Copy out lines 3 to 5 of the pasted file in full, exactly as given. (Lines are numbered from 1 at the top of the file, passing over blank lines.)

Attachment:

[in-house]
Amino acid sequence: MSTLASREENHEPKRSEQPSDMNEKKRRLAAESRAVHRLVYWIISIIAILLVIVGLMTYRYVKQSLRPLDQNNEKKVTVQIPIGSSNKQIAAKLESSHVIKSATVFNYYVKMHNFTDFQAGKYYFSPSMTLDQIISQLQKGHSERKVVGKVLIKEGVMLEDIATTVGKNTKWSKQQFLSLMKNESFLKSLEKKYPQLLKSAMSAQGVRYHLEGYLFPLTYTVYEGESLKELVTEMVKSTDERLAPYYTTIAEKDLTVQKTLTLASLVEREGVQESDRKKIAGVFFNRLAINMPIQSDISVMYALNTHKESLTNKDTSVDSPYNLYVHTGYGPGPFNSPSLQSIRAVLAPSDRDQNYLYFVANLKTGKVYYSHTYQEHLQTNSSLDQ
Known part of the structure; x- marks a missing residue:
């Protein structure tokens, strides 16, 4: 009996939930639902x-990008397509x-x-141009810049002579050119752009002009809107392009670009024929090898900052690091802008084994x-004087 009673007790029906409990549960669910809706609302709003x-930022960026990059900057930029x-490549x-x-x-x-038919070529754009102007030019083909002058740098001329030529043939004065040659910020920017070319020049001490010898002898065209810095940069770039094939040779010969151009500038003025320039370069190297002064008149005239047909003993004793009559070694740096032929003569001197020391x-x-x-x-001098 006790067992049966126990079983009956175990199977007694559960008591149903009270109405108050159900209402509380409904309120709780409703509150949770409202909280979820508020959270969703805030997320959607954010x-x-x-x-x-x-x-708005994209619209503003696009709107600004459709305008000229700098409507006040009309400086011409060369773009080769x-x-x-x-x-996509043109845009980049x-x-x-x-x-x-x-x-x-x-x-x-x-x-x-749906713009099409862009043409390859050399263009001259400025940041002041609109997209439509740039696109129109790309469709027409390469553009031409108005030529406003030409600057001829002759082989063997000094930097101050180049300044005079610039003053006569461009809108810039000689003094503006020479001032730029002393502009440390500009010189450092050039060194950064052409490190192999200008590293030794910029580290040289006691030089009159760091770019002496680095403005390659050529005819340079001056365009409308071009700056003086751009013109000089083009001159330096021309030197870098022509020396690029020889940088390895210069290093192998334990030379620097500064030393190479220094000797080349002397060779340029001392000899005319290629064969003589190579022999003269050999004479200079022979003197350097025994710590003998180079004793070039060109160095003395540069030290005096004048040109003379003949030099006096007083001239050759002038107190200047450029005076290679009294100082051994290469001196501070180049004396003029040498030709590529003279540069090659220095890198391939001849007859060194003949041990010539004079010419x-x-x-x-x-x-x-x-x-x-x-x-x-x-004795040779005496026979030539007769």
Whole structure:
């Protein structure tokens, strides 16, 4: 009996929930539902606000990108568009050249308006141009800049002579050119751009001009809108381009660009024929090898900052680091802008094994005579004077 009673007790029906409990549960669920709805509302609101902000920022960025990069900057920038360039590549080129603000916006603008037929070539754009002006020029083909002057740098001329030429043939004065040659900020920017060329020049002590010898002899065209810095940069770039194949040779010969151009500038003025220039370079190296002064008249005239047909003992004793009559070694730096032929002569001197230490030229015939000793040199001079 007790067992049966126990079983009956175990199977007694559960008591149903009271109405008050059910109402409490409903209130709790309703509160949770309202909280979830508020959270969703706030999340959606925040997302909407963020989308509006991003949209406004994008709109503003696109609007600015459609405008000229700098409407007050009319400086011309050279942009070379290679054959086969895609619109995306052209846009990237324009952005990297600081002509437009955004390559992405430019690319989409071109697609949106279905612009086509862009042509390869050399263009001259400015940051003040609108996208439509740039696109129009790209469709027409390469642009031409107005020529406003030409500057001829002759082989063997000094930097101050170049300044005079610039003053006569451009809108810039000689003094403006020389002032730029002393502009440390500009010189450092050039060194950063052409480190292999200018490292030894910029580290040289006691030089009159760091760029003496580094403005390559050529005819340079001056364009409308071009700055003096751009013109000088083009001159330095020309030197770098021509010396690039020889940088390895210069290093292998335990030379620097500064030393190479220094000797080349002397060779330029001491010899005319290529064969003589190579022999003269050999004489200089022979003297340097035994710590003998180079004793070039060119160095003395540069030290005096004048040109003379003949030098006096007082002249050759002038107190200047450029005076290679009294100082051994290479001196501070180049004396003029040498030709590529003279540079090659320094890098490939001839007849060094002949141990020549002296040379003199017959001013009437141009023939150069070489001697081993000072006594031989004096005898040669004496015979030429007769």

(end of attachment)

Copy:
Known part of the structure; x- marks a missing residue:
């Protein structure tokens, strides 16, 4: 009996939930639902x-990008397509x-x-141009810049002579050119752009002009809107392009670009024929090898900052690091802008084994x-004087 009673007790029906409990549960669910809706609302709003x-930022960026990059900057930029x-490549x-x-x-x-038919070529754009102007030019083909002058740098001329030529043939004065040659910020920017070319020049001490010898002898065209810095940069770039094939040779010969151009500038003025320039370069190297002064008149005239047909003993004793009559070694740096032929003569001197020391x-x-x-x-001098 006790067992049966126990079983009956175990199977007694559960008591149903009270109405108050159900209402509380409904309120709780409703509150949770409202909280979820508020959270969703805030997320959607954010x-x-x-x-x-x-x-708005994209619209503003696009709107600004459709305008000229700098409507006040009309400086011409060369773009080769x-x-x-x-x-996509043109845009980049x-x-x-x-x-x-x-x-x-x-x-x-x-x-x-749906713009099409862009043409390859050399263009001259400025940041002041609109997209439509740039696109129109790309469709027409390469553009031409108005030529406003030409600057001829002759082989063997000094930097101050180049300044005079610039003053006569461009809108810039000689003094503006020479001032730029002393502009440390500009010189450092050039060194950064052409490190192999200008590293030794910029580290040289006691030089009159760091770019002496680095403005390659050529005819340079001056365009409308071009700056003086751009013109000089083009001159330096021309030197870098022509020396690029020889940088390895210069290093192998334990030379620097500064030393190479220094000797080349002397060779340029001392000899005319290629064969003589190579022999003269050999004479200079022979003197350097025994710590003998180079004793070039060109160095003395540069030290005096004048040109003379003949030099006096007083001239050759002038107190200047450029005076290679009294100082051994290469001196501070180049004396003029040498030709590529003279540069090659220095890198391939001849007859060194003949041990010539004079010419x-x-x-x-x-x-x-x-x-x-x-x-x-x-004795040779005496026979030539007769």
Whole structure: